Twentieth Anniversary of the World Wide Web
The WWW project merges the techniques of information retrieval and hypertext to make an easy but powerful global information system.
… A prototype (very alpha test) simple line mode browser is currently available in source form from node info.cern.ch [currently 22.214.171.124] as
Also available is a hypertext editor for the NeXT using the NeXTStep graphical user interface, and a skeleton server daemon.
HTTP/1.0 wasn't formalised until five years later, in May 1996, as RFC 1945, although the basics of HTTP were already in place back in 1991.
It is sobering to think that as patents are valid for 20 years, that had the web been patented and based on this first release date, then it would have only become freely available for use today. If HTTP/1.0 had been patented on its release in May 1995, then we would have to wait until May 2017 before independent servers would be implemented. As NPR podcast mentioned last week:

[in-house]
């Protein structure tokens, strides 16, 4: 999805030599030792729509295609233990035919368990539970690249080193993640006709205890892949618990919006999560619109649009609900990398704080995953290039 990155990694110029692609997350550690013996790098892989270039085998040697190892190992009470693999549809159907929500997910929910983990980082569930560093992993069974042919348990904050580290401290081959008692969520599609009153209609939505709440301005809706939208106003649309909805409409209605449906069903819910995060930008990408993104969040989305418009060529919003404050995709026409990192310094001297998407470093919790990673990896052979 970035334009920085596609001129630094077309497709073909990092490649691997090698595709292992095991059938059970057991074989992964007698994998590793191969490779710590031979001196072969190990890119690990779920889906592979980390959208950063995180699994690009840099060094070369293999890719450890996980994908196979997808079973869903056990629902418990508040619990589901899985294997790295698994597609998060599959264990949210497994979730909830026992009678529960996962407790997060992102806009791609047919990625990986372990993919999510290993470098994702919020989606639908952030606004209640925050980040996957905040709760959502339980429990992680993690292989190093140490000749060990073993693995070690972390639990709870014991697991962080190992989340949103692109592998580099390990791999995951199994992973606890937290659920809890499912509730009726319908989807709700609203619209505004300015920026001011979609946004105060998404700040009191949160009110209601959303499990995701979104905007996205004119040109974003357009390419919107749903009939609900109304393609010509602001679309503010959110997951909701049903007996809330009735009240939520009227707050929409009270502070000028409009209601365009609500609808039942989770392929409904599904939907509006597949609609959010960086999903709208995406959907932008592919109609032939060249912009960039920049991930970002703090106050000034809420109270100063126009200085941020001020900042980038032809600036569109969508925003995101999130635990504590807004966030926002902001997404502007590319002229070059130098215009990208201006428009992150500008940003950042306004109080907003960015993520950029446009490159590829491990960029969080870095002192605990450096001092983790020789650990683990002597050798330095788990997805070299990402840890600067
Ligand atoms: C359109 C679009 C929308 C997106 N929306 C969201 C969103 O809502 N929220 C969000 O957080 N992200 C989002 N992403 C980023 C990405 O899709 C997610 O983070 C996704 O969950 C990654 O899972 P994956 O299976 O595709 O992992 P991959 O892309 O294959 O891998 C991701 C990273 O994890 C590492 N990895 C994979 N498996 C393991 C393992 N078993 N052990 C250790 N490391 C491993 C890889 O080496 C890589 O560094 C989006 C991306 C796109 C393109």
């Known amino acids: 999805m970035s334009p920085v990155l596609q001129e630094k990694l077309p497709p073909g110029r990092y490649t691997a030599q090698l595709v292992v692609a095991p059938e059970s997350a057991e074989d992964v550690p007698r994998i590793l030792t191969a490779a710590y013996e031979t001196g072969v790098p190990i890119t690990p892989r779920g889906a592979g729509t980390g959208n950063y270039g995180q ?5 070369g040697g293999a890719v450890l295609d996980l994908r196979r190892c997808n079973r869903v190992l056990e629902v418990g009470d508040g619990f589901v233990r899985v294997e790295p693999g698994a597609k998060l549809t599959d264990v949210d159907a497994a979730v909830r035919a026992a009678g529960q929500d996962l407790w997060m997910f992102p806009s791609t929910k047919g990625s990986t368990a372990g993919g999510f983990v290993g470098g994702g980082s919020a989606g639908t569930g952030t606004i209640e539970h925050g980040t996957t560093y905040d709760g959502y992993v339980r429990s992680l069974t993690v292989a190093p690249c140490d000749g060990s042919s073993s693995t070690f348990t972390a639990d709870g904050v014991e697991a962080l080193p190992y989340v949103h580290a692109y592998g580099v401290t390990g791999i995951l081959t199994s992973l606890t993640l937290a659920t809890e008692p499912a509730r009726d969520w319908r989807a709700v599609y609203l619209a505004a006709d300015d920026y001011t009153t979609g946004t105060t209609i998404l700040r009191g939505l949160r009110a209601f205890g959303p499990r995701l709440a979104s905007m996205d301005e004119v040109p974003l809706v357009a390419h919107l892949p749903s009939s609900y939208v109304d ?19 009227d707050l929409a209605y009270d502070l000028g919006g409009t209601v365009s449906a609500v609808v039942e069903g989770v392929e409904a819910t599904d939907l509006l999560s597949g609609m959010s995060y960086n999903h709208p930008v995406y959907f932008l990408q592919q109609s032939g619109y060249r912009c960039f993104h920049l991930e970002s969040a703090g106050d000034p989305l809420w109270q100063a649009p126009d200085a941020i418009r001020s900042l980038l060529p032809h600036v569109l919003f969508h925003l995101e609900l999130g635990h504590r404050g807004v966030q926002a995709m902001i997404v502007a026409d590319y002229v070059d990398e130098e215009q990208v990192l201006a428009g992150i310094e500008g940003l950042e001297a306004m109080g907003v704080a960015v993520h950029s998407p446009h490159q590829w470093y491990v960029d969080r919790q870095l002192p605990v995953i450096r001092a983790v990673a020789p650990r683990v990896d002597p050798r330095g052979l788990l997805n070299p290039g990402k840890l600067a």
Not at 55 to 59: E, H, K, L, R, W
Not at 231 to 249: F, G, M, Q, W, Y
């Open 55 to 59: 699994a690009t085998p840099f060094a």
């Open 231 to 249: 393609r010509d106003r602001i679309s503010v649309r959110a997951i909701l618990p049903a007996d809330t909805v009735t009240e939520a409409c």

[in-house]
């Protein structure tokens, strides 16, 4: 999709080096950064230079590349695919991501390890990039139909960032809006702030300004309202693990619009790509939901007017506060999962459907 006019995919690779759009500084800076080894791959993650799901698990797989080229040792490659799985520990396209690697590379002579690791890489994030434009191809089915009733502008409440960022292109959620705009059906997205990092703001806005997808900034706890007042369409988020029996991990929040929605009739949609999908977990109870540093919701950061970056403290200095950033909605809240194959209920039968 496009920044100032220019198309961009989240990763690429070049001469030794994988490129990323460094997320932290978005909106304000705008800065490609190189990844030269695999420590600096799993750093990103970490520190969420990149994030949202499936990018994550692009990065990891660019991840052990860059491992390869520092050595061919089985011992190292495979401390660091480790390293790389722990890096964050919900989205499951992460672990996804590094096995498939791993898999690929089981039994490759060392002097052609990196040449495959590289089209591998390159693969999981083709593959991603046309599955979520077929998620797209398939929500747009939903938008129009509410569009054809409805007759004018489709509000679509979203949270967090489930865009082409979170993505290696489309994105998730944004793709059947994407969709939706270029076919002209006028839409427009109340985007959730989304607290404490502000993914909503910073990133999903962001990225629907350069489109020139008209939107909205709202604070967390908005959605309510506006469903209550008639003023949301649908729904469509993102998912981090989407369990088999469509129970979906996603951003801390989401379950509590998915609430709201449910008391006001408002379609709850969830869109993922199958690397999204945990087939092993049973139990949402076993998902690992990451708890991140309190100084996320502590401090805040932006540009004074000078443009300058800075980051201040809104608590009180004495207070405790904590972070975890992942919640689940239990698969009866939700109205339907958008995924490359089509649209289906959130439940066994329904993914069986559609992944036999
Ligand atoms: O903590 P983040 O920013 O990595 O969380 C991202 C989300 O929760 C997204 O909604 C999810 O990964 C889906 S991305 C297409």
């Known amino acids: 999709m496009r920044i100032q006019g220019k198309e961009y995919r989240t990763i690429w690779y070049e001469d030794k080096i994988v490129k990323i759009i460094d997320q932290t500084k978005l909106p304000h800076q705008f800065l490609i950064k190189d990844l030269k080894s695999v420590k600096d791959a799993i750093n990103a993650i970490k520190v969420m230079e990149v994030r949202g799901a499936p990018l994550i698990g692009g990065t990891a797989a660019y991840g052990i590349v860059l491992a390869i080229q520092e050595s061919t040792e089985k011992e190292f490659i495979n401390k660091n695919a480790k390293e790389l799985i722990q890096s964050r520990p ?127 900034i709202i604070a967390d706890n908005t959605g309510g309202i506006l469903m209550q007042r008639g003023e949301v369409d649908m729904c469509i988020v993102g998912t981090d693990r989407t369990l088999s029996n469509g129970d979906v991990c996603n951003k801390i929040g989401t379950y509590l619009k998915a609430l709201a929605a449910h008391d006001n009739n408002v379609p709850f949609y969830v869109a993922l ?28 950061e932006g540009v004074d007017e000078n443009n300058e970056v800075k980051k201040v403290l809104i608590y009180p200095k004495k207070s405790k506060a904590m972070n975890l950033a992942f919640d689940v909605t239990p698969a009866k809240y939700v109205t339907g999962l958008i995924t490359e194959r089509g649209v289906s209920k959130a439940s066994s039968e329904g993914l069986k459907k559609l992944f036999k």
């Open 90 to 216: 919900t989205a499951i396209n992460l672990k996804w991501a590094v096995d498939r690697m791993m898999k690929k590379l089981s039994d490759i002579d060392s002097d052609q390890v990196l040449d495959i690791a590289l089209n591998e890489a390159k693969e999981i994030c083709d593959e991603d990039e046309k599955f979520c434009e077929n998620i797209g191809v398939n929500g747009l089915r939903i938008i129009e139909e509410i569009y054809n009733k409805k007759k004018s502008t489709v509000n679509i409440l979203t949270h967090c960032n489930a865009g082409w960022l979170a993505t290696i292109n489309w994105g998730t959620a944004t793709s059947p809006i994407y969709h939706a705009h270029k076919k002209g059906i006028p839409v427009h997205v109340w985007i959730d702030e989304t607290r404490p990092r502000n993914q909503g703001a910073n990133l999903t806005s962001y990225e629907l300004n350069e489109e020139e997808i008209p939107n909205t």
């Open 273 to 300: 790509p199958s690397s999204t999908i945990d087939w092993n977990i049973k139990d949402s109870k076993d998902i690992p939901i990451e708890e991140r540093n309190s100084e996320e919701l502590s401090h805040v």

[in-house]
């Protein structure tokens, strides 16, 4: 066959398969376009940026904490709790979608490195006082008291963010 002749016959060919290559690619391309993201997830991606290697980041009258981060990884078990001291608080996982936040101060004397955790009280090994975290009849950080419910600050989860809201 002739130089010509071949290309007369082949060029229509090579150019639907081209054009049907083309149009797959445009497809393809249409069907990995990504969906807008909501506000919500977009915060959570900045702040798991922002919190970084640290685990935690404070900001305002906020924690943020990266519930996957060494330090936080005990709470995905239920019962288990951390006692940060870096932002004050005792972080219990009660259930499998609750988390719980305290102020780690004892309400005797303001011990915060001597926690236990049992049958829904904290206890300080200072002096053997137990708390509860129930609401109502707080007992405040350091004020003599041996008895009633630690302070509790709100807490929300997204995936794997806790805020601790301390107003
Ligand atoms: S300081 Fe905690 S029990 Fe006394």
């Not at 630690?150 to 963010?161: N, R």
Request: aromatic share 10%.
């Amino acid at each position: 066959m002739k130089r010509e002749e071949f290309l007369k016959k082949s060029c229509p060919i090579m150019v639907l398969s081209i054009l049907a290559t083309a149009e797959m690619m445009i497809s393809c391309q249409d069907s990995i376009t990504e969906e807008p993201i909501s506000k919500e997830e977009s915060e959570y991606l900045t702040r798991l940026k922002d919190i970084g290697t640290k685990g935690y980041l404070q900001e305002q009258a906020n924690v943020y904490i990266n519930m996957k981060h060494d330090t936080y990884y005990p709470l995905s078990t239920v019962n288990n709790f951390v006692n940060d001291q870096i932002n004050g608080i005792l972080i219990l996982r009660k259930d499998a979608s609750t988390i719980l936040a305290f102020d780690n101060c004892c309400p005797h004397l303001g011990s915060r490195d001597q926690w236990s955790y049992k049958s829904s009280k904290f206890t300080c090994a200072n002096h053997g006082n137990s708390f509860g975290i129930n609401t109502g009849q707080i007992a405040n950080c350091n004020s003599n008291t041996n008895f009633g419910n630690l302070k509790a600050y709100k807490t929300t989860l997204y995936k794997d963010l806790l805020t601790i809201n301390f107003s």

Patents are supposed to promote innovation. But in the world of software and the Internet, they're having precisely the opposite effect.
Tech companies are spending billions of dollars to buy up patents — not to drive innovation, but to defend themselves from potential lawsuits. There's a legal war on in Silicon Valley, and patents are the weapons.
Considering all the new technology and innovation that has been based on a system which (intentionally) wasn't patented 20 years ago, we can be glad that we are living in an age of technological revolution. But as more and more legal threats against technology patents (particularly software) accrue, it is inhibiting the ability to freely innovate that was the crux of the internet's (and particularly, the www's) success. Twenty years from now, we might be in a very different place and patents are part of the problem, not the solution.
Olav Maassen, Liz Keogh & Chris Matts Mar 08, 2014